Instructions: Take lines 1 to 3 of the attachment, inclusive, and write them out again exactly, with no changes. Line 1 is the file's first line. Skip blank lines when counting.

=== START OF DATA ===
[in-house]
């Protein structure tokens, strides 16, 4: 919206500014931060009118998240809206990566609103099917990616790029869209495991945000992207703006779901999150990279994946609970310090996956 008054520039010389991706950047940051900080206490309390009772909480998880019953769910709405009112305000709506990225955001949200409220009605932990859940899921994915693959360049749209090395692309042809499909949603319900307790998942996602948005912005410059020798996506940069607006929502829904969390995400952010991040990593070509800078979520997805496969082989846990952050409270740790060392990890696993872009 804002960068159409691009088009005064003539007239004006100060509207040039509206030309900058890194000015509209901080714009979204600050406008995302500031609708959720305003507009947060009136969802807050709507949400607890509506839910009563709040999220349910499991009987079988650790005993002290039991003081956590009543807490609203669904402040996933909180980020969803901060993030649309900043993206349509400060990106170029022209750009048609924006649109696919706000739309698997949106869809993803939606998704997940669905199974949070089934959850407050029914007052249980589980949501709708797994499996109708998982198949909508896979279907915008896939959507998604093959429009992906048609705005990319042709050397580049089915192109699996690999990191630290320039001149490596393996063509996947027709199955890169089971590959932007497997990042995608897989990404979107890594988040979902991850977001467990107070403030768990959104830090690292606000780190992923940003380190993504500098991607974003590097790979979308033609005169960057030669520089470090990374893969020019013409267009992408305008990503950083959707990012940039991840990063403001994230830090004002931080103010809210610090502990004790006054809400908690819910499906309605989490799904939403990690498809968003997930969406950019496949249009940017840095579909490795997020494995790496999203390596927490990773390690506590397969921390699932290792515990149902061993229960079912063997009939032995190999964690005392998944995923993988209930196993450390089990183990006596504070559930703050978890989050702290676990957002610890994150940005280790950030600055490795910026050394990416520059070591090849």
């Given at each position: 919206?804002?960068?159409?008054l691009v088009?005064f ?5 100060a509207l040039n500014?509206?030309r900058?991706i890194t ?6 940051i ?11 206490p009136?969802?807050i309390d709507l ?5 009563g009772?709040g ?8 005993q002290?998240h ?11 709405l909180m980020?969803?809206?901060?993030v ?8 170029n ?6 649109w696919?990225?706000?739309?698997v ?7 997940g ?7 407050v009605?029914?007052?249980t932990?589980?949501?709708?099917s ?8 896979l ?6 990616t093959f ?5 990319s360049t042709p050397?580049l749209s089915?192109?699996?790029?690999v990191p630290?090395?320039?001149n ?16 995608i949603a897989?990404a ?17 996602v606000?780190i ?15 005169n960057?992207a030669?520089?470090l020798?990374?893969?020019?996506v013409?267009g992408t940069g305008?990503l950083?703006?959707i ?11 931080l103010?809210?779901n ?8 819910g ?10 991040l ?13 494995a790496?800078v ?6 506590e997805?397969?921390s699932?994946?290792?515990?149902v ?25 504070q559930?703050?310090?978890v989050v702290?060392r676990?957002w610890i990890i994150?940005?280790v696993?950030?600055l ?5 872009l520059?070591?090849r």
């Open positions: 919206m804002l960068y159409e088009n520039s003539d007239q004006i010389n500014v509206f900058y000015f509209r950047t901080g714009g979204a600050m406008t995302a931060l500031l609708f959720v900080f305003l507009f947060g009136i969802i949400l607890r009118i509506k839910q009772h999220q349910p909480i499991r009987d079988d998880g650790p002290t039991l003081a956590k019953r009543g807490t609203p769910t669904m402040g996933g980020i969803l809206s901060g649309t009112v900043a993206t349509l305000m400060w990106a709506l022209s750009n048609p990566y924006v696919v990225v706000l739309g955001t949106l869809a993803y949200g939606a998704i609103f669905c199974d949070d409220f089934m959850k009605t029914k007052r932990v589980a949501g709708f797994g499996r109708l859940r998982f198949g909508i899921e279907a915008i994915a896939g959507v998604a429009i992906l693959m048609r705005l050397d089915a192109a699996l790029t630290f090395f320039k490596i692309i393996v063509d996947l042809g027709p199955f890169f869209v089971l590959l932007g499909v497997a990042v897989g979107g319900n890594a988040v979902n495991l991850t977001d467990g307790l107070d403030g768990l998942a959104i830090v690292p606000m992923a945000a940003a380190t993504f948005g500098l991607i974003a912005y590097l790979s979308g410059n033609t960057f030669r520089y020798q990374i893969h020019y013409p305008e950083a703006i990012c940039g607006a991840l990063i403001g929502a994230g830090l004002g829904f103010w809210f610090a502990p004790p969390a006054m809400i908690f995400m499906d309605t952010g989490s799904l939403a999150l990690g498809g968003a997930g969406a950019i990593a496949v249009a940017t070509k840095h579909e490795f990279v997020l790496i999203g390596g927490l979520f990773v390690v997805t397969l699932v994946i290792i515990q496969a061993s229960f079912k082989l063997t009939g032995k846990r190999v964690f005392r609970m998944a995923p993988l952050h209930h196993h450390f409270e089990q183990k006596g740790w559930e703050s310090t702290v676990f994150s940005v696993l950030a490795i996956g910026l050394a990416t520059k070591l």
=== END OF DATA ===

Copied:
[in-house]
């Protein structure tokens, strides 16, 4: 919206500014931060009118998240809206990566609103099917990616790029869209495991945000992207703006779901999150990279994946609970310090996956 008054520039010389991706950047940051900080206490309390009772909480998880019953769910709405009112305000709506990225955001949200409220009605932990859940899921994915693959360049749209090395692309042809499909949603319900307790998942996602948005912005410059020798996506940069607006929502829904969390995400952010991040990593070509800078979520997805496969082989846990952050409270740790060392990890696993872009 804002960068159409691009088009005064003539007239004006100060509207040039509206030309900058890194000015509209901080714009979204600050406008995302500031609708959720305003507009947060009136969802807050709507949400607890509506839910009563709040999220349910499991009987079988650790005993002290039991003081956590009543807490609203669904402040996933909180980020969803901060993030649309900043993206349509400060990106170029022209750009048609924006649109696919706000739309698997949106869809993803939606998704997940669905199974949070089934959850407050029914007052249980589980949501709708797994499996109708998982198949909508896979279907915008896939959507998604093959429009992906048609705005990319042709050397580049089915192109699996690999990191630290320039001149490596393996063509996947027709199955890169089971590959932007497997990042995608897989990404979107890594988040979902991850977001467990107070403030768990959104830090690292606000780190992923940003380190993504500098991607974003590097790979979308033609005169960057030669520089470090990374893969020019013409267009992408305008990503950083959707990012940039991840990063403001994230830090004002931080103010809210610090502990004790006054809400908690819910499906309605989490799904939403990690498809968003997930969406950019496949249009940017840095579909490795997020494995790496999203390596927490990773390690506590397969921390699932290792515990149902061993229960079912063997009939032995190999964690005392998944995923993988209930196993450390089990183990006596504070559930703050978890989050702290676990957002610890994150940005280790950030600055490795910026050394990416520059070591090849």
């Given at each position: 919206?804002?960068?159409?008054l691009v088009?005064f ?5 100060a509207l040039n500014?509206?030309r900058?991706i890194t ?6 940051i ?11 206490p009136?969802?807050i309390d709507l ?5 009563g009772?709040g ?8 005993q002290?998240h ?11 709405l909180m980020?969803?809206?901060?993030v ?8 170029n ?6 649109w696919?990225?706000?739309?698997v ?7 997940g ?7 407050v009605?029914?007052?249980t932990?589980?949501?709708?099917s ?8 896979l ?6 990616t093959f ?5 990319s360049t042709p050397?580049l749209s089915?192109?699996?790029?690999v990191p630290?090395?320039?001149n ?16 995608i949603a897989?990404a ?17 996602v606000?780190i ?15 005169n960057?992207a030669?520089?470090l020798?990374?893969?020019?996506v013409?267009g992408t940069g305008?990503l950083?703006?959707i ?11 931080l103010?809210?779901n ?8 819910g ?10 991040l ?13 494995a790496?800078v ?6 506590e997805?397969?921390s699932?994946?290792?515990?149902v ?25 504070q559930?703050?310090?978890v989050v702290?060392r676990?957002w610890i990890i994150?940005?280790v696993?950030?600055l ?5 872009l520059?070591?090849r």